A Kelantanese Wayang Kulit that narrated the tale of Hikayat Seri Rama.

Malaysian folklore is the folk culture of Malaysia and other indigenous people of the Malay archipelago as expressed in its oral traditions, written manuscripts and local wisdoms. Malaysian folklores were traditionally transmitted orally in the absence of writing systems. Oral tradition thrived among the Malays, but continues to survive among Orang Asli and numerous Bornean ethnic groups in Sarawak and Sabah. Nevertheless, Malaysian folklores are closely connected with classical Malay folklore of the region. Even though, Malay folklore tends to have a regional background, with the passing of time, and through the influence of the modern media, large parts of regional Malay folklore have become interwoven with the wider popular Malaysian folklore.

In Malay, the term budaya rakyat is used to describe folklore. According to the Kamus Dewan, budaya rakyat can be interpreted as stories, customs, clothing, behaviour etc. that are inherited by a society or a nation.[1] Malaysian folklore takes a heavy influence from Indian tradition, with a number of figures, legends, and creatures being adapted from the pre-Islamic traditions of the Malay archipelago. This Indian influence means that Malaysian folklore generally differs between regions in the country, folklores from west Malaysia have more influence of Indian folklores than east Malaysia. However, many parts of Malay and Malaysian folklore still contain evidence of pre-Islamic past.

Folk tales

Malaysian folk tales include a vast variety of forms such as myths, legends, fables, etc. The main influences on Malaysian folk tales have been Indian, Javanese and middle eastern folk tales. Many Indian epics have been translated into Malay since ancient time including the Sanskrit epics of Ramayana and Mahabharata, which are the basis of the Malaysian art of Wayang Kulit. Besides, Indian epics, the Javanese epic of Panji has also influenced Malay literature and plays a major part in enriching Malaysian folk tales.

Malaysian folk tales are usually centred around romance between princes and princesses, kings and queens, or heroes and their damsels. Until today, numerous royal courts exist in Malaysia and supplied the basis of many folk stories. For example, folk tales like Puteri Lindungan Bulan and Raja Bersiong have always been associated with the Sultanate of Kedah, and the story of Puteri Limau Purut has been associated with the Sultanate of Perak. Due to the nature of migration in the region, some of the popular Malaysian folk tales may also arrived from other part of Malay archipelago.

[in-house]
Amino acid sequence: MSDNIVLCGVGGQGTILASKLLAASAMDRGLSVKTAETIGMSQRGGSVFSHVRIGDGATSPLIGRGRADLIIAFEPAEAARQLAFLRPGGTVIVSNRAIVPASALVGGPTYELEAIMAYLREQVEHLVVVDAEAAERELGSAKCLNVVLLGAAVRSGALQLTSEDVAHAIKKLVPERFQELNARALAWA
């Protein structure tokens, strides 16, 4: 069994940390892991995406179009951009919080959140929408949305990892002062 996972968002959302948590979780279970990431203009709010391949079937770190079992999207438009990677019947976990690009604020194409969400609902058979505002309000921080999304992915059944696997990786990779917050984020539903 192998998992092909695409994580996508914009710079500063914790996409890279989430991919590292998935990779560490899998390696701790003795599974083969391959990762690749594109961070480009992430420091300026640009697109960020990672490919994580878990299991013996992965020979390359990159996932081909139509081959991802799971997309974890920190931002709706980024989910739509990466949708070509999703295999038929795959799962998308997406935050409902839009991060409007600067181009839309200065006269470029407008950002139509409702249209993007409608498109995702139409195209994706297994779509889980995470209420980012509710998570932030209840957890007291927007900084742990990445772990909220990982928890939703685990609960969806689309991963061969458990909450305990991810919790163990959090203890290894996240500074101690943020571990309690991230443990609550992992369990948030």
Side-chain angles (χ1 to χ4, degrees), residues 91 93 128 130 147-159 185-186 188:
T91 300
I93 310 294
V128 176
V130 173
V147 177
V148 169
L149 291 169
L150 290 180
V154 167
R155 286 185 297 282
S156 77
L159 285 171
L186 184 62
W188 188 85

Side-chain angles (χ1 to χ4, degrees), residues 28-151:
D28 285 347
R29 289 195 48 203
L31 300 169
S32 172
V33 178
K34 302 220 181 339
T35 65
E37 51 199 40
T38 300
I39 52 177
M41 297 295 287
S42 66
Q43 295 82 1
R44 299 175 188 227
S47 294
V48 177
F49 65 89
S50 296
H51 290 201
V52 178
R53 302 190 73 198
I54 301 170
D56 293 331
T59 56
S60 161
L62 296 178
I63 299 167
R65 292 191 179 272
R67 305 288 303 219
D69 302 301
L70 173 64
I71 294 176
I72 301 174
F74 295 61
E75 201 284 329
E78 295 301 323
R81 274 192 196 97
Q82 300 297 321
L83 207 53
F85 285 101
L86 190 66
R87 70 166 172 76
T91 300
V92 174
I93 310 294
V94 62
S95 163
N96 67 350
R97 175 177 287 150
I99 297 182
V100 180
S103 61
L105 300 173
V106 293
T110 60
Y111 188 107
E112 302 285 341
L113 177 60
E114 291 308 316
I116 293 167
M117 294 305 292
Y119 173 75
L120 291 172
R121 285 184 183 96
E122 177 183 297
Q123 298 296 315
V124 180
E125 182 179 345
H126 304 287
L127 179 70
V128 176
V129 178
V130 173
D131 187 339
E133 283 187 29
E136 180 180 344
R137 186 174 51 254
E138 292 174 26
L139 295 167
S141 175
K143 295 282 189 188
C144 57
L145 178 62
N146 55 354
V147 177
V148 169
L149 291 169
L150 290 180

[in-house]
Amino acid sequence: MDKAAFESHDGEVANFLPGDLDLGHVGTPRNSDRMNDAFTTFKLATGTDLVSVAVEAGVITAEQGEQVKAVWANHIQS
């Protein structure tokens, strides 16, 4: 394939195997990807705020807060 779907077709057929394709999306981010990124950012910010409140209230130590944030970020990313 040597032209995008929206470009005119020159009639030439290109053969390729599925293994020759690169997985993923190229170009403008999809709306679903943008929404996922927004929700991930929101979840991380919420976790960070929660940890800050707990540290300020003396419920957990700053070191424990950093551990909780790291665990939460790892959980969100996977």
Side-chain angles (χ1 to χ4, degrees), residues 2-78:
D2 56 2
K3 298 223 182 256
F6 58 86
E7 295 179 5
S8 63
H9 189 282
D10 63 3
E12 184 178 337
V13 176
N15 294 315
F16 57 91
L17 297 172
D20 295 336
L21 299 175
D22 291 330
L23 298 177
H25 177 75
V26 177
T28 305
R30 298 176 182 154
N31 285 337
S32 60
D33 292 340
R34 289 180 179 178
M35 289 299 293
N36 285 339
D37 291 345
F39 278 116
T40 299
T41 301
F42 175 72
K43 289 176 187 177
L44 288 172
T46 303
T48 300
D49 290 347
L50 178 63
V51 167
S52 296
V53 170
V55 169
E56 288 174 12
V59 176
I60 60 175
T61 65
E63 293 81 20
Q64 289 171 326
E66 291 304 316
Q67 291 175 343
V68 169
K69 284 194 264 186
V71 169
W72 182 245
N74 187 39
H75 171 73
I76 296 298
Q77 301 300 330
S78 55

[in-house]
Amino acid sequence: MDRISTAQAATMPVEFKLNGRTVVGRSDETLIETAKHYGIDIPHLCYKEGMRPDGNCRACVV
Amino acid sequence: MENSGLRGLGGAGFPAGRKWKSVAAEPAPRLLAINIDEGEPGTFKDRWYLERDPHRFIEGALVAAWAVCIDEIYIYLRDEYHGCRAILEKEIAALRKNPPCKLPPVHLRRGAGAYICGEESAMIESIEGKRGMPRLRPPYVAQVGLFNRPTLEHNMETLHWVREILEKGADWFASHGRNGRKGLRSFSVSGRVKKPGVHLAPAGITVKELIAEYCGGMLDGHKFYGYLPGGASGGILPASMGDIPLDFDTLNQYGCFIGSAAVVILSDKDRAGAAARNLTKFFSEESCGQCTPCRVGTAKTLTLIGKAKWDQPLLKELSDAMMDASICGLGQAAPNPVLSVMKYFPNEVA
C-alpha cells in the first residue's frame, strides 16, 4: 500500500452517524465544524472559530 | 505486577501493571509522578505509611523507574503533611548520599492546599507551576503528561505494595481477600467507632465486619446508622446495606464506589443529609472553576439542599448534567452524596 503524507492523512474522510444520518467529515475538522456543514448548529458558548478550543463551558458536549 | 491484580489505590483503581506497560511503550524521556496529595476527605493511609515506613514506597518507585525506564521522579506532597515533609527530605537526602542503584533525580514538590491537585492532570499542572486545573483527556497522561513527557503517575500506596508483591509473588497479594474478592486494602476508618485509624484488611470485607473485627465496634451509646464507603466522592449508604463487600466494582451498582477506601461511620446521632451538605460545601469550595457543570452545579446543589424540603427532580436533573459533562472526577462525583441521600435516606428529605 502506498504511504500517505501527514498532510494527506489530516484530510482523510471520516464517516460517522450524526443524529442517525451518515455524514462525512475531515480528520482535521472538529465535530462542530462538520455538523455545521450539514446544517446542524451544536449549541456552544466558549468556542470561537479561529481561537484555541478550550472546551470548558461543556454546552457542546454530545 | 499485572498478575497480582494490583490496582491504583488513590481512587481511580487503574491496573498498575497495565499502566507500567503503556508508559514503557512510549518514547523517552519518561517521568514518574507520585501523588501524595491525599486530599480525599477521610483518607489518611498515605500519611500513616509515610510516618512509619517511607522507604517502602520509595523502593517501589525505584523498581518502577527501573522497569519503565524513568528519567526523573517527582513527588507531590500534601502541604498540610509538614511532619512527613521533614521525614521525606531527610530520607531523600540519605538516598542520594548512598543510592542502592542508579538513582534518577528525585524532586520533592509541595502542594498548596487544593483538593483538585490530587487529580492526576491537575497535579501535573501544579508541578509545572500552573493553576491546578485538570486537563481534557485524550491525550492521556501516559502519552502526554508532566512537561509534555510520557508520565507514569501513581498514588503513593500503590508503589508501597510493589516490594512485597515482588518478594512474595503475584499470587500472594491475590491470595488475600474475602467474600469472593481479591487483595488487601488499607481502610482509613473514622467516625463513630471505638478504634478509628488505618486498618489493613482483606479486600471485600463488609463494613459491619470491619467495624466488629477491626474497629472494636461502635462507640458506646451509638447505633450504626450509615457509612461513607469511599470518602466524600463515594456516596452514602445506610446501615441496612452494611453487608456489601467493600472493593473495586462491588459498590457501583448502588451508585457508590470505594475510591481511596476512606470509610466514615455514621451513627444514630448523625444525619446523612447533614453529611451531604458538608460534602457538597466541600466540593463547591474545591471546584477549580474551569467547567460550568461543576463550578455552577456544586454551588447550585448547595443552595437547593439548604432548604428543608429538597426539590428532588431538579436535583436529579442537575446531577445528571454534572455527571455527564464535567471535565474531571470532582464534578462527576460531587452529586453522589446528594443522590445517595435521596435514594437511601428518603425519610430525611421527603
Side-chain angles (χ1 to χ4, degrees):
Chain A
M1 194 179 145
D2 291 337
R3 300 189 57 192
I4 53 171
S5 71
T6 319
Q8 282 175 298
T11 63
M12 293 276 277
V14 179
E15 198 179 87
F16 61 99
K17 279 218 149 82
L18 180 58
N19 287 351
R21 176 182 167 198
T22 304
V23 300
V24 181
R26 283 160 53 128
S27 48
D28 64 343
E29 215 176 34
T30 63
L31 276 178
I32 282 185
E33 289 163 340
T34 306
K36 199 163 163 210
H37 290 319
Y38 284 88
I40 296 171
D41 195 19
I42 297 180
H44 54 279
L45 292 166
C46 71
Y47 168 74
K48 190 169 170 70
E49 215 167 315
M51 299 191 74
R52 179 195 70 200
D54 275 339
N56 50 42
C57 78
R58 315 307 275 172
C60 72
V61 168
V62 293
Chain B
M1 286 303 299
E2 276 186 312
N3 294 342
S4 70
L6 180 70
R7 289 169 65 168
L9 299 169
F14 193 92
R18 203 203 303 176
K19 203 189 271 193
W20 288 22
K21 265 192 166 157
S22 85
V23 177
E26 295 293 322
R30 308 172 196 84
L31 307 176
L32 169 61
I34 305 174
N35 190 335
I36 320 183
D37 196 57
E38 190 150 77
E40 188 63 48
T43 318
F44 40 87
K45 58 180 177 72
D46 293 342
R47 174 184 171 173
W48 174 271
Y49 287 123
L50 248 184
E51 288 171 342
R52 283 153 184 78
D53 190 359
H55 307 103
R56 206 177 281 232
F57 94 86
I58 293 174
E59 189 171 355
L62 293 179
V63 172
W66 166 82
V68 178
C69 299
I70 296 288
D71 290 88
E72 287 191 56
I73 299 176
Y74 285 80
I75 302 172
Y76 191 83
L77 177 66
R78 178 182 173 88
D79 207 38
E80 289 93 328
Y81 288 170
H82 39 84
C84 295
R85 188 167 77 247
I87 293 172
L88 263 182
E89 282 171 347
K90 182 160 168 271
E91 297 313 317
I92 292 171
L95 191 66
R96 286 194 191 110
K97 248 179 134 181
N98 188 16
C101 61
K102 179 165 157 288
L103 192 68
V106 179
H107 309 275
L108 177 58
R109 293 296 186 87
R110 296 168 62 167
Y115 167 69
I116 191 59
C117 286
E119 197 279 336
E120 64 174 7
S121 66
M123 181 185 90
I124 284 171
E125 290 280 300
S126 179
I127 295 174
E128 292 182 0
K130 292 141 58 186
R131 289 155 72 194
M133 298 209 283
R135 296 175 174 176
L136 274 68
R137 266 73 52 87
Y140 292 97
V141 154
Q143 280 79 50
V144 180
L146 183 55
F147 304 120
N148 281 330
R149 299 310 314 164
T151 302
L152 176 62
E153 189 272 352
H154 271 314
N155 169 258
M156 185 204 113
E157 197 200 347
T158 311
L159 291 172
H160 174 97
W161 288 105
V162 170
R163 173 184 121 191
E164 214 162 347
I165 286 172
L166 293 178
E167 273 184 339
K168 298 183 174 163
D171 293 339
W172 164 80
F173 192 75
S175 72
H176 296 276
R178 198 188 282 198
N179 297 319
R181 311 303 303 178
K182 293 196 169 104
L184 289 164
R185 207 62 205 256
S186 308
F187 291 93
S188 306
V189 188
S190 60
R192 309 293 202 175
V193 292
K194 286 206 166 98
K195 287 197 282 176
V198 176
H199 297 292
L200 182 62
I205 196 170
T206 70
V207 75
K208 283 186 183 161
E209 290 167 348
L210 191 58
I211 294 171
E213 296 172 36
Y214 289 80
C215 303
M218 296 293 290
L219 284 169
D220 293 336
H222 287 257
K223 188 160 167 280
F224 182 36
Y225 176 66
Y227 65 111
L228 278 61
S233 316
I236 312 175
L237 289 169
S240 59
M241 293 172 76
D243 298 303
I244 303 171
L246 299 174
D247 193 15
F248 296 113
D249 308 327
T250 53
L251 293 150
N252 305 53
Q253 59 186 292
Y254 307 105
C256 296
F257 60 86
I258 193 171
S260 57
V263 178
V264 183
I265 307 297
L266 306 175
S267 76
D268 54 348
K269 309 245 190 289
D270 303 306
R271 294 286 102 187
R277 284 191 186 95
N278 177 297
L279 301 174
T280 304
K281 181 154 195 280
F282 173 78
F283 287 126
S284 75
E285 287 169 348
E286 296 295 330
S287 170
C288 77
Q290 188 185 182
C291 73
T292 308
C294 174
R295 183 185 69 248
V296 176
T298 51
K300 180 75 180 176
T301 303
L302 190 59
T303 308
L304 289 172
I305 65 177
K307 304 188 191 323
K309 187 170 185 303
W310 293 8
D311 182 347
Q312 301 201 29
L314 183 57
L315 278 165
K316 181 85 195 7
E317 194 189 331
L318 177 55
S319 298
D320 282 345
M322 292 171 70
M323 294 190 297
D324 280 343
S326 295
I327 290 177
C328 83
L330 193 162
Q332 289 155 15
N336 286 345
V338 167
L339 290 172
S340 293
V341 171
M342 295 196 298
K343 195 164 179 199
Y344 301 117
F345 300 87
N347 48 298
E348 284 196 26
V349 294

Folk tales

These folk tales are often told by story tellers called penglipur lara, which defined by Kamus Dewan as people who comfort the sad heart by telling folk tales with elements of humour, usually interspersed with pantun, syair, seloka etc. There are a few penglipur lara that exist today, often farmers or villagers in rural Malaysia. Different form of story tellers exists throughout Malaysia – Awang Batil or Awang Belanga in Perlis; Mak Yong,[2] Siamese Menora, Tok Selampit, Wayang Kulit Kelantan in Kelantan; Hamdolok and Javanese Wayang Kulit Purwo in Johor; Minangkabau Randai and Tukang Kaba in Negeri Sembilan, Jikey,[3] Mek Mulung[4] and Wayang Kulit Gedek in Kedah; Bangsawan in Melaka and Penang.

A Terengganuan Ulek Mayang folk dance.

Among the popular Malaysian folk tales are as follows:[5][6]

Besides popular Malaysian folk tales mentioned above, the exclusive stories of Mak Yong are considered as the most authentic form of Malay folk tales. Some of those obtained from outside the Malay-Thai region have now died out elsewhere such as Anak Raja Gondang, a story originally from the Jataka tales but now almost unknown in India.

Twelve Mak Yong stories that are considered complete, original and of sufficient artistic value are:[11]

Folk comics

Malay folk comics are also part of Malaysian folk tales and usually spread orally, even after it is written it still retains its oral properties.

Among the popular Malay folk comics are as follows:[12]